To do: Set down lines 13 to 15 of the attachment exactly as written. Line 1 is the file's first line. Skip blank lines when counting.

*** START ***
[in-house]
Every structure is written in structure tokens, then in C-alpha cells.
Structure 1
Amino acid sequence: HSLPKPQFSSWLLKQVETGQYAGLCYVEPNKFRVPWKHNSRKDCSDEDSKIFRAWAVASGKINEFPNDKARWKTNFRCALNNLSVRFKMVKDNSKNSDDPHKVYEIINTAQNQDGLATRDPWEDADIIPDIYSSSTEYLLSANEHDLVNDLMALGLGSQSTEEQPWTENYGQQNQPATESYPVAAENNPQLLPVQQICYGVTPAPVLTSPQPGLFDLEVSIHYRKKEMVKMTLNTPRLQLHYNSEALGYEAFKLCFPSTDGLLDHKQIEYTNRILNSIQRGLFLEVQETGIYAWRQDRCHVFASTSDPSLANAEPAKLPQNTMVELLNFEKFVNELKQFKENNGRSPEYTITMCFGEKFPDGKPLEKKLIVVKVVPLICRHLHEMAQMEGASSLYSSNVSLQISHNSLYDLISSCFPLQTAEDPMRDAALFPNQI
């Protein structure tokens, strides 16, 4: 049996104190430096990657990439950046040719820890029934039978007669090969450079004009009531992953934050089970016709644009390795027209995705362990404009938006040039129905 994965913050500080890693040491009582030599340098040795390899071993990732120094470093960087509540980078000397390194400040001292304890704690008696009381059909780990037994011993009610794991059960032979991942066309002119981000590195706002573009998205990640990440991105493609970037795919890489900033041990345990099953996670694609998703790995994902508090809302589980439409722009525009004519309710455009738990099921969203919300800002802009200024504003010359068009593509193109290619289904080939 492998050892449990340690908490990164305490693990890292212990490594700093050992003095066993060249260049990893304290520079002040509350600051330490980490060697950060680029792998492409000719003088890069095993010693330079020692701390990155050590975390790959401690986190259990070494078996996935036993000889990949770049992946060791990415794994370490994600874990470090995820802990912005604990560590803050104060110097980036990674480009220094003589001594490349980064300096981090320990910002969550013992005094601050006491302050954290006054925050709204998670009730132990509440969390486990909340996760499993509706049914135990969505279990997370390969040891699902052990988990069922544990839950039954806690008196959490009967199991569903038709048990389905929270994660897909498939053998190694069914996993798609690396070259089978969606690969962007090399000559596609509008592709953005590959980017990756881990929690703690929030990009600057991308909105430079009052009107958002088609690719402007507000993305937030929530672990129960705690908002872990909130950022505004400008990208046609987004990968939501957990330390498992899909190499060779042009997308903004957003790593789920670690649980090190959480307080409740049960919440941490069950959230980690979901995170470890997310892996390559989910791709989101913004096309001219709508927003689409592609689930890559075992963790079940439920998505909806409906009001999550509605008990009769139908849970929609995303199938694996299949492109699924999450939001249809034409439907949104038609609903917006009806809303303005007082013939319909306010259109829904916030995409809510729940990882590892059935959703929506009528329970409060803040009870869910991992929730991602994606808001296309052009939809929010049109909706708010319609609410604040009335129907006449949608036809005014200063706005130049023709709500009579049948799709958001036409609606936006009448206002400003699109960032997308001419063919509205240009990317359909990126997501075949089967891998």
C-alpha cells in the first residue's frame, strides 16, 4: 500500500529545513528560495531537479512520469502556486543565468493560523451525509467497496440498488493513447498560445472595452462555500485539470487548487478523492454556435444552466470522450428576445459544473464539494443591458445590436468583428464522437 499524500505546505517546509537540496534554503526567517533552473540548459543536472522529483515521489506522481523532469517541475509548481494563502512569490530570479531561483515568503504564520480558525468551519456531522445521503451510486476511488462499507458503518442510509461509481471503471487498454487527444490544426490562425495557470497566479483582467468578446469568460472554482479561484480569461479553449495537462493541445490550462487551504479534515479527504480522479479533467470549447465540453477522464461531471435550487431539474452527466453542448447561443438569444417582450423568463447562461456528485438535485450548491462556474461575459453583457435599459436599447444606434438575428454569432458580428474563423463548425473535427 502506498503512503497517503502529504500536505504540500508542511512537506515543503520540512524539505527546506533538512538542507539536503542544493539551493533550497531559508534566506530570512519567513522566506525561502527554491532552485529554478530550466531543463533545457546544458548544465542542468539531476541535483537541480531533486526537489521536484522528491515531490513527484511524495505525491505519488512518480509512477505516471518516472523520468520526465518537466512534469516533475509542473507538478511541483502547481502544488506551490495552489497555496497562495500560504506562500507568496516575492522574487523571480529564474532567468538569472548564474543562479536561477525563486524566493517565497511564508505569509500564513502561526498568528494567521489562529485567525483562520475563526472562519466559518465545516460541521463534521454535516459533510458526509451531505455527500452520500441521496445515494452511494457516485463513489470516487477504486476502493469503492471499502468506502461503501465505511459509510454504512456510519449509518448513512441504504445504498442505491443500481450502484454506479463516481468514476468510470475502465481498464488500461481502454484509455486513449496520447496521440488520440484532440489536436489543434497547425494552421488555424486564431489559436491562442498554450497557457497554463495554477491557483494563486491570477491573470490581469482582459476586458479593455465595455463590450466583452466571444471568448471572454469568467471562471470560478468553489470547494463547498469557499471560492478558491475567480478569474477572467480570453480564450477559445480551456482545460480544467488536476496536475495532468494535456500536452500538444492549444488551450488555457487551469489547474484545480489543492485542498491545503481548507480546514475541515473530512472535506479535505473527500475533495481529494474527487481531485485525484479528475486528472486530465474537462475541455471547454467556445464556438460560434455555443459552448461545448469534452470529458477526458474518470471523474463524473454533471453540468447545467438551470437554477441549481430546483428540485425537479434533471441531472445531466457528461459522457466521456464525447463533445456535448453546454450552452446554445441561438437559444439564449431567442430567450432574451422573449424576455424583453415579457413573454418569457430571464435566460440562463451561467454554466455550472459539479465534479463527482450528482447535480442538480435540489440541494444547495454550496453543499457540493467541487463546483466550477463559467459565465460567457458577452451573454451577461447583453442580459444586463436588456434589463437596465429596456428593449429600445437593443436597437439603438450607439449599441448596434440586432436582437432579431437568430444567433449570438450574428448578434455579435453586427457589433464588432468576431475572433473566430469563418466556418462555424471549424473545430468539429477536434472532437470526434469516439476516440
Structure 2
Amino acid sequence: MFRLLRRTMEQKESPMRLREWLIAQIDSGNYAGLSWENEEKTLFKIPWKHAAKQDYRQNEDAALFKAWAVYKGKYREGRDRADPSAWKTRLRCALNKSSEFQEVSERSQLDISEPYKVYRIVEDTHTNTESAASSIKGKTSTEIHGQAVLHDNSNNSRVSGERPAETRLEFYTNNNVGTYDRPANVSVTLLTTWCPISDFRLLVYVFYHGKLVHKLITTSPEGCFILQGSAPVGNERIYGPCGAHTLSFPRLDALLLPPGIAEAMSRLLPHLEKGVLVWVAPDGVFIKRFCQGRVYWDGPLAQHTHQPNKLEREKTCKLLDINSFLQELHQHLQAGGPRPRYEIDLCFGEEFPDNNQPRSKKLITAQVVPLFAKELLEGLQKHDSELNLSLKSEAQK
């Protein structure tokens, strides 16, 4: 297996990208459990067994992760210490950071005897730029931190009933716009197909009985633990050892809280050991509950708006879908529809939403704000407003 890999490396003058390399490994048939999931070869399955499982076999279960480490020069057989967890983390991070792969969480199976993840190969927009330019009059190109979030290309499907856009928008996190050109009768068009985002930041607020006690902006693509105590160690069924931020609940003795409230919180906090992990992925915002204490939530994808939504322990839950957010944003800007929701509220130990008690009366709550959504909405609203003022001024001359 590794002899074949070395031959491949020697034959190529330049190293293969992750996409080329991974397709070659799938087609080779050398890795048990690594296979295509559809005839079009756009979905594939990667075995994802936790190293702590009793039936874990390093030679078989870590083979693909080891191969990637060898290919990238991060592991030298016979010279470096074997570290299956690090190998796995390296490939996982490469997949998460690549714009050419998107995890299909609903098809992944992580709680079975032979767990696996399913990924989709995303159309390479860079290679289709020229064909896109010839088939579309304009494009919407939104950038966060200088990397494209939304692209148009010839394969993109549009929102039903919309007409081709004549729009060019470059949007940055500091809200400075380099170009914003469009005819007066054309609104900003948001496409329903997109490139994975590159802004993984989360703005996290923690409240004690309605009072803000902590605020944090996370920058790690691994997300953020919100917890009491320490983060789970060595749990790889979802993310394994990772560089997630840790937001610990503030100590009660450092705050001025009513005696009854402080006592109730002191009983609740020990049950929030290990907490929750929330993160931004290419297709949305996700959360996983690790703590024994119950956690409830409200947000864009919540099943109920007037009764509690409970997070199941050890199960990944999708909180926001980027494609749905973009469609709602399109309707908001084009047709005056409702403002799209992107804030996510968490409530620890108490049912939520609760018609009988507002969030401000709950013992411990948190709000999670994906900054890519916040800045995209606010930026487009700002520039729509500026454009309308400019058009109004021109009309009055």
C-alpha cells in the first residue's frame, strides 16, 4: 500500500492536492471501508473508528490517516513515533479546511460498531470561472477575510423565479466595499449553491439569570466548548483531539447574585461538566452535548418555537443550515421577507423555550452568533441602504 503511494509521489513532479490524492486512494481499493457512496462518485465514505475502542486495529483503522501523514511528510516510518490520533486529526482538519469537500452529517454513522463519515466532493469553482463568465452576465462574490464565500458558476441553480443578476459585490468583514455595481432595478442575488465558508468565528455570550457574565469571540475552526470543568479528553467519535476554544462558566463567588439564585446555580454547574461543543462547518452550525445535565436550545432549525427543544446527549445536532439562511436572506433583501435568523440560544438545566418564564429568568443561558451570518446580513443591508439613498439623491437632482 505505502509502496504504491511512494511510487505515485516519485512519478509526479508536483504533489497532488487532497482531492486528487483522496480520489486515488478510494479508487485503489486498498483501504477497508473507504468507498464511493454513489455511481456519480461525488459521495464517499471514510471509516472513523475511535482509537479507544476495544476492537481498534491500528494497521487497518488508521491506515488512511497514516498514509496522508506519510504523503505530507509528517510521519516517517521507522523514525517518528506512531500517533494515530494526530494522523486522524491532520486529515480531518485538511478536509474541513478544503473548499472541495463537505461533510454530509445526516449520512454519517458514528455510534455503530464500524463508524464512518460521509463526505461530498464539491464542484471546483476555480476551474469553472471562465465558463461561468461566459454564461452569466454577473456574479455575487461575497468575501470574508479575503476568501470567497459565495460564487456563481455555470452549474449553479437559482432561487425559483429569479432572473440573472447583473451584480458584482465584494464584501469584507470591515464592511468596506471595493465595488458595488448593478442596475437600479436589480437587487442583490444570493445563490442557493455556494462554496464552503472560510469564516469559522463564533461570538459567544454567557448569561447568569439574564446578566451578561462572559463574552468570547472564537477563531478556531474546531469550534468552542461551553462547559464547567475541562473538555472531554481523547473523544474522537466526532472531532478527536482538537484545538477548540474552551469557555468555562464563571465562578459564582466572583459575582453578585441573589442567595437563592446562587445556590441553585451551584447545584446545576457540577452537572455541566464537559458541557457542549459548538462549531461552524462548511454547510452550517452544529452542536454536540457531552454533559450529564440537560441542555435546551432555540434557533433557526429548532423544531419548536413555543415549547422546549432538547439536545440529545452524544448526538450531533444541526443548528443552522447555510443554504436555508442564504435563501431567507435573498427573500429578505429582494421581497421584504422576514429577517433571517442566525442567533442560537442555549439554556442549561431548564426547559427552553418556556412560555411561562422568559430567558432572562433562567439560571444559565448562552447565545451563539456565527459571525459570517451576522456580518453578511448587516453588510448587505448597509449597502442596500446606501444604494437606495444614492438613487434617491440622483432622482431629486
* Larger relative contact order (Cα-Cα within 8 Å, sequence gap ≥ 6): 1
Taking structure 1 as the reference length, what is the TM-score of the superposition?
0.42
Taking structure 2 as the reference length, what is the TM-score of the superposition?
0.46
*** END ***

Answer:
0.42
Taking structure 2 as the reference length, what is the TM-score of the superposition?
0.46